"H-hold up!" Panting heavily, Sami pulled up next to Seraphine who was still walking away with large strides. "W-where do y-you think y-you're going?" The Water Tribeswoman pushed her side, hoping the stings would subside while mentally promising herself to start working out again. Finding the question and herself totally ignored, she trudged after Seraphine, running short distances from time to time to keep up with her patient's marching pace. Though normally a patient person, Sami did not take well to being ignored, especially by someone who she was pretty sure had just called her stupid and naïve. Testing the boundaries of her patience with every step she took, she eventually crossed that line into annoyance when they reached the horse pens on the far outskirts of the campsite. "Will you please just stop for a second! Who do you think you a–" Before being able to finish her sentence, Sami got the wind knocked out of her when she crashed full on against the shorter girl who had suddenly halted before her.
Turning around, Seraphine gazed at Sami as if she just saw her for the first time, a weird expression flashing in her eyes for a second as she took in the girl towering over her by a head's length. Feeling uneased under the piercing look of the stranger and sensing that she would have to be the one to start the conversation, Sami straightened again, growing even more taller in the eyes of the other girl that darkened upon noticing. Sami's eyes slid down from Seraphine's face to the top she was wearing and a smile tugged at the corners of her mouth, forgetting her prior irritation. "Nice top, I have that exact same one."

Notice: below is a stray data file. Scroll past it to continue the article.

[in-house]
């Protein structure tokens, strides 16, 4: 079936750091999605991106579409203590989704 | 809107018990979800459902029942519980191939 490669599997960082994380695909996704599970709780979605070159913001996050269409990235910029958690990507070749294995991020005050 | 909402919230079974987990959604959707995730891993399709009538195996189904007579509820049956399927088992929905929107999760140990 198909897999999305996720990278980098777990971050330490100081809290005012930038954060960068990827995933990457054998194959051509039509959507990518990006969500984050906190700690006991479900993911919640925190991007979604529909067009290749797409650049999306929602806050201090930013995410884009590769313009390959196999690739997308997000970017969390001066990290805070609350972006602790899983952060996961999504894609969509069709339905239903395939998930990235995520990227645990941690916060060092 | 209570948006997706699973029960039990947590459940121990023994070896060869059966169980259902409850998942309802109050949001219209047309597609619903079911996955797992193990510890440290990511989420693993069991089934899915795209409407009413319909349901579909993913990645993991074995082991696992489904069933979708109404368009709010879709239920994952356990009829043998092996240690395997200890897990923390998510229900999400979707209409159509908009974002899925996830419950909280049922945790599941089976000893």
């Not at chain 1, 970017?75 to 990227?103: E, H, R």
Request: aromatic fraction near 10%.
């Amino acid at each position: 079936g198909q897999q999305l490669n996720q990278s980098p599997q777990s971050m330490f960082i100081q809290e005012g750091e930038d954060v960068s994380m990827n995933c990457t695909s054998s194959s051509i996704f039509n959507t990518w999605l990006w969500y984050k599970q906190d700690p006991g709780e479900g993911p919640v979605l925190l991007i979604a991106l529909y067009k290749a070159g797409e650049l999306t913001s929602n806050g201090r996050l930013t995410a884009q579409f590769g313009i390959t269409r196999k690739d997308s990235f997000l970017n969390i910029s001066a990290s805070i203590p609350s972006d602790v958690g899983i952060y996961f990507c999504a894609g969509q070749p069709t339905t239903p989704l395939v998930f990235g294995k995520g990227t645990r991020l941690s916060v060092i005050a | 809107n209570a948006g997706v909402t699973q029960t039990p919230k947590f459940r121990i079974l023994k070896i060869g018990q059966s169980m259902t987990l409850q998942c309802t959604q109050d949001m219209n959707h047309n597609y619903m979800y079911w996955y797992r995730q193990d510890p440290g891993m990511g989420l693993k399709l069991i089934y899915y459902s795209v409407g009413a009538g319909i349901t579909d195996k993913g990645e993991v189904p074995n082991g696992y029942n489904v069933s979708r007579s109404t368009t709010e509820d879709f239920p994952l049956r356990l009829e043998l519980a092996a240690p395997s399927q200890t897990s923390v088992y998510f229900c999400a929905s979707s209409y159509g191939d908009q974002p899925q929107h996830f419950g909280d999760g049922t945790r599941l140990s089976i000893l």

Seraphine' expression remained unreadable under Sami's attempt of small talk and the long pause the tall girl gave her to reply in any way. "That man called you Sami." Sami gave a slow, short nod in confirmation, quirking an eyebrow in silent wonder where the girl was going with this. "So why then does the carving in your tent say 'A + K'?"
Caught completely off guard by the unexpected and brash invasion of her privacy, Sami could only stare at the other girl like she was a ghost. She did not know what kind of reaction she had been expecting from the stranger, but that question was not even among the possibilities she had come up with. After what felt to her like minutes, she regained her voice. "What carving?" She winced at how unnaturally high and unrecognizable her own voice sounded and she could not blame the other girl from cocking an eyebrow in disbelief at her with that superior, but at the same time, irresistible smirk on her face. Sami contemplated playing the 'none of your business'-card, but sighed instead, acknowledging her own horrible to worse lying abilities, and decided the truth would be the best way to go. She had never liked to lie or be deceptive anyway. "The 'K' stands for Korra. She is . . . was my . . . er . . . best friend." Sami slightly slanted her eyes away from that observant amber gaze, and shrugged unnoticeably. Perhaps there were just some things she was not quite ready for to explain yet, not even to herself, let alone to a complete stranger. Then again, as Sami looked back up, she could not shake the feeling that there was more to the girl that stared back at her than the short, fiery temper she had already displayed, a side of her that she was hiding, but Sami was determined to lure it out, so she continued on a lighter, and to her own relief, more natural tone. "And my name is actually Asami, but I go by just Sami nowadays."